TCAS works by sending interrogations to other aircraft's transponders. The transponder will reply to the interrogation in a similar way it responds to radar. From the time difference between the interrogation and the reply, the distance to the other aircraft is calculated. The reply itself contains the altitude of the other aircraft.
The explanation below gives an insight in the basic working of the TCAS algorithm. In reality it is more complex to deal with all kinds of exceptional situations.
The distance and the altitude difference with the other aircraft is tracked to identify a trend. From successive distance measurements the closure rate is determined. With the closure rate and the current distance (slant range) an approximation is made of the time to the closest point of approach (CPA). This is done by simply dividing the range by the closure rate, the result is called 'range tau'. The same is done in the vertical plane. Dividing the difference in altitude by the vertical speed difference leads to the vertical tau.
If both tau's are less than certain threshold, a Traffic Alert (TA) is raised. When the tau's are less that another (lower) threshold, a Resolution Advisory is given. The TA is a 'heads up' indication, the RA is an instruction that must be followed by the pilot to reduce the collision risk.
The threshold times depend on the altitude, ranging from 20 seconds (<1000 ft AGL) to 48 seconds (> FL200) for TA's and from 15 seconds (<2350 ft) to 35 seconds (> FL200) for RA's. Below 1000 ft AGL, RA's are inhibited.
Originally TCAS did only give Traffic Advisories in the form of a "Traffic, traffic" annunciation. There was no avoiding action indicated.
With the introduction of TCAS II in the second half of the '80s the Resolution Advisory made its entrance.
In selecting a resolution advisory, there are two basically two steps. The first step is to select a sense, either upward or downward. This is based on a calculation of how much altitude difference can be achieved at the CPA by either starting a climb or descent, assuming the target will maintain its vertical rate. In the calculation the reaction time of the crew and acceleration and climb / descent rate of the aircraft is assumed (5 seconds, 0.25g, 1500 fpm).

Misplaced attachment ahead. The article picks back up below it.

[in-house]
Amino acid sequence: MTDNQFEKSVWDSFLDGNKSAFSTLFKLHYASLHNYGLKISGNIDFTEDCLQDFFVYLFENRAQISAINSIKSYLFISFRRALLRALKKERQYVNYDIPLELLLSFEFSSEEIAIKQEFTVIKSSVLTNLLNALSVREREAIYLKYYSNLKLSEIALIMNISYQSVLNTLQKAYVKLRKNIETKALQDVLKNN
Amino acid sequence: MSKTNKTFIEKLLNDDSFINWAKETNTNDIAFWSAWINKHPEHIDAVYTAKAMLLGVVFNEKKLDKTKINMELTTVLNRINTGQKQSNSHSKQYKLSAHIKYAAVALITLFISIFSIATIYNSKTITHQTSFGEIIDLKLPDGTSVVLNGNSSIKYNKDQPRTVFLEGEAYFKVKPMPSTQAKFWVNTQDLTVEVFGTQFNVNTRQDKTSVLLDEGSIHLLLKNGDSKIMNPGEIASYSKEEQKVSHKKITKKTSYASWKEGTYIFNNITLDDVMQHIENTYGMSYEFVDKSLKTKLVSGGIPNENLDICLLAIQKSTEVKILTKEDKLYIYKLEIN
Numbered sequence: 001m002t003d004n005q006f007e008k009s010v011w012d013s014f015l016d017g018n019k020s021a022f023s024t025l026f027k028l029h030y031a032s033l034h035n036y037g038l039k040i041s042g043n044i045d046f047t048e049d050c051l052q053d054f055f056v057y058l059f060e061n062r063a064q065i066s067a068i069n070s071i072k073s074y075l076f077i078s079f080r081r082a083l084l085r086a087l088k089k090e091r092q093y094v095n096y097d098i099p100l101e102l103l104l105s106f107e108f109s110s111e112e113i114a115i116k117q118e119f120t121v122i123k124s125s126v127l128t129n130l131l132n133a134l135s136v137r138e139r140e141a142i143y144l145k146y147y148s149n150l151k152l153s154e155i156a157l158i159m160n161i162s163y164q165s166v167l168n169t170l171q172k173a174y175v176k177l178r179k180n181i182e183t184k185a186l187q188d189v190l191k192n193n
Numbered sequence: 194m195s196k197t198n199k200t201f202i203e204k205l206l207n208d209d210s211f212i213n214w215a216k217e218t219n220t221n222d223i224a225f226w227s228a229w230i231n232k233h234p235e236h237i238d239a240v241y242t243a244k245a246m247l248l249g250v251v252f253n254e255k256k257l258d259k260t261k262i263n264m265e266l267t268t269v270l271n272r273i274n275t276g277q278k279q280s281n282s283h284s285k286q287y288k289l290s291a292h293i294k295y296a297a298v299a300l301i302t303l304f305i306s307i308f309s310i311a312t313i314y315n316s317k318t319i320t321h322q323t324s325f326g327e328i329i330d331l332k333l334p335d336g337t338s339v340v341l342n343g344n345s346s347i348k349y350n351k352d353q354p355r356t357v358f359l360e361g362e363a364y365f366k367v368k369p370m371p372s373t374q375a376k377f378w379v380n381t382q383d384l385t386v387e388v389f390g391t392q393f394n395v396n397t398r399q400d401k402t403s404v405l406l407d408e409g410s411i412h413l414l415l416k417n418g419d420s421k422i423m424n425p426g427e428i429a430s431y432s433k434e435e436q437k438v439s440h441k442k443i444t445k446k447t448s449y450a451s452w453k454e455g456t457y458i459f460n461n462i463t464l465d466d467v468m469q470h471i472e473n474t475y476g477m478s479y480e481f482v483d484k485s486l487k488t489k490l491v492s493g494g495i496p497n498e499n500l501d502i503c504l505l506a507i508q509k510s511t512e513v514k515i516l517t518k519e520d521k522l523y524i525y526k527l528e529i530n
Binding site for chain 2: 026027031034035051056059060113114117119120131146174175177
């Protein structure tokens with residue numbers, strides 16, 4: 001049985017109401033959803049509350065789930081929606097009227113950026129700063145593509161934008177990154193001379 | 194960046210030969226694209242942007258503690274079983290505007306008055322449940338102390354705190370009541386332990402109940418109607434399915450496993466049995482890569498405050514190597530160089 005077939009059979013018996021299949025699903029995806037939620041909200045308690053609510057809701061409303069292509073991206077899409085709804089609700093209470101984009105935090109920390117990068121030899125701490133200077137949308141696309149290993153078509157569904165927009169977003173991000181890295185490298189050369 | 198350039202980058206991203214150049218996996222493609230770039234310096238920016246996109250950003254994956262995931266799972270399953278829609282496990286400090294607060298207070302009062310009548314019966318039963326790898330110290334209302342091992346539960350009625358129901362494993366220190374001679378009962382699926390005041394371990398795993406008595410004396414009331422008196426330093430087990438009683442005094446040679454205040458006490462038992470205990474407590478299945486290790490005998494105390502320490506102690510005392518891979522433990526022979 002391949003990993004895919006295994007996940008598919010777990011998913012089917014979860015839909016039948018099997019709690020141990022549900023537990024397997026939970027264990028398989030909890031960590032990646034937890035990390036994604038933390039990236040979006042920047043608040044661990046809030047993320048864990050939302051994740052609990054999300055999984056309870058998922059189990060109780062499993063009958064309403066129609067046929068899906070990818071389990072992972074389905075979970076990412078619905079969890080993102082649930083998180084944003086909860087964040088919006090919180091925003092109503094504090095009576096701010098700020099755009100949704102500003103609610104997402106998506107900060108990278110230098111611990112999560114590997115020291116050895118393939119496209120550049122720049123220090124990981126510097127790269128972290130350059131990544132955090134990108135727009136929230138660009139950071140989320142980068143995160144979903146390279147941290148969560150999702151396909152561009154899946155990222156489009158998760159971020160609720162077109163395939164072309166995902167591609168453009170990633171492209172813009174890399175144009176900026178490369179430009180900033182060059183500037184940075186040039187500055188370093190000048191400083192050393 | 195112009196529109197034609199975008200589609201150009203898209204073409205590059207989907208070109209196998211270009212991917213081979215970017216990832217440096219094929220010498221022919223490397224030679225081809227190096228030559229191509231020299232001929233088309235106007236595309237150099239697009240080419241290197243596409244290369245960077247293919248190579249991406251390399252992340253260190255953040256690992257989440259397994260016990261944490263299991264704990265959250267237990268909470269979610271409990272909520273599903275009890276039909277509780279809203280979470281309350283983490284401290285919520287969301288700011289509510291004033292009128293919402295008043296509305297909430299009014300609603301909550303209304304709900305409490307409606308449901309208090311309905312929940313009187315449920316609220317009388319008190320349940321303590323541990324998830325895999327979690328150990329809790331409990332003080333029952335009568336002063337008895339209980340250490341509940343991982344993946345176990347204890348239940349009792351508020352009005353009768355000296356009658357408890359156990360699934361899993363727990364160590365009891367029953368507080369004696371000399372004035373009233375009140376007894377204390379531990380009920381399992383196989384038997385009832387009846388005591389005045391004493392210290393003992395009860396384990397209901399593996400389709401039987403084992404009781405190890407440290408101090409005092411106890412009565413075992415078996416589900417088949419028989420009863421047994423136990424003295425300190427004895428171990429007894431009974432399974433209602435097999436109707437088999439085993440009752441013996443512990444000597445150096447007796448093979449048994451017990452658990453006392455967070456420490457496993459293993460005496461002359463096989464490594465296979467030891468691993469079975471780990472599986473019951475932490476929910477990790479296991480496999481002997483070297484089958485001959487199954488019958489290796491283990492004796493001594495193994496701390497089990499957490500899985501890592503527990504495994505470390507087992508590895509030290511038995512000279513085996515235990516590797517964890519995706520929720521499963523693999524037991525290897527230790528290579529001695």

The second step is to select a magnitude. The algorithm is designed to be the least disruptive to the flight path, whilst still achieving a minimum vertical separation.
When a RA is selected, it is transmitted to the other aircraft. When the other aircraft receives that message, it will only use the opposite sense for its own RA. In the rare case that both aircraft transmit their RA intent at the same time, the aircraft with the higher Mode S address will give in and reverse its RA sense if it is conflicting with the other.
Over the years various improvements are made to TCAS II. The initial TCAS II systems had version 6.0 of the algorithm, later replaced by 6.04a in the mid 90's. Further system evaluation lead to the development of version 7.0, implemented from 1999. Following a near mid-air collision in Japan in 2001 and a mid-air collision over Uberlingen, Germany further changes were made leading to version 7.1.
Changes that were made include:
- the wording of the RA's
- logic to limit the vertical path deviations
- logic to prevent nuisance alerts in RVSM airspace and on closely spaced parallel runway operations
- logic to detect non-compliance to an RA
- improved RA sense reversal logic
TCAS & ATC
TCAS RA's take precedence of ATC instructions. The fact that one of the two aircraft followed ATC instructions, and the other TCAS RA's contributed to the Uberlingen accident.
In case a pilot is getting a TCAS RA he should notify ATC.
The FAA has produced an Intro into TCAS II v7.1 which provided some interesting reading on the topic.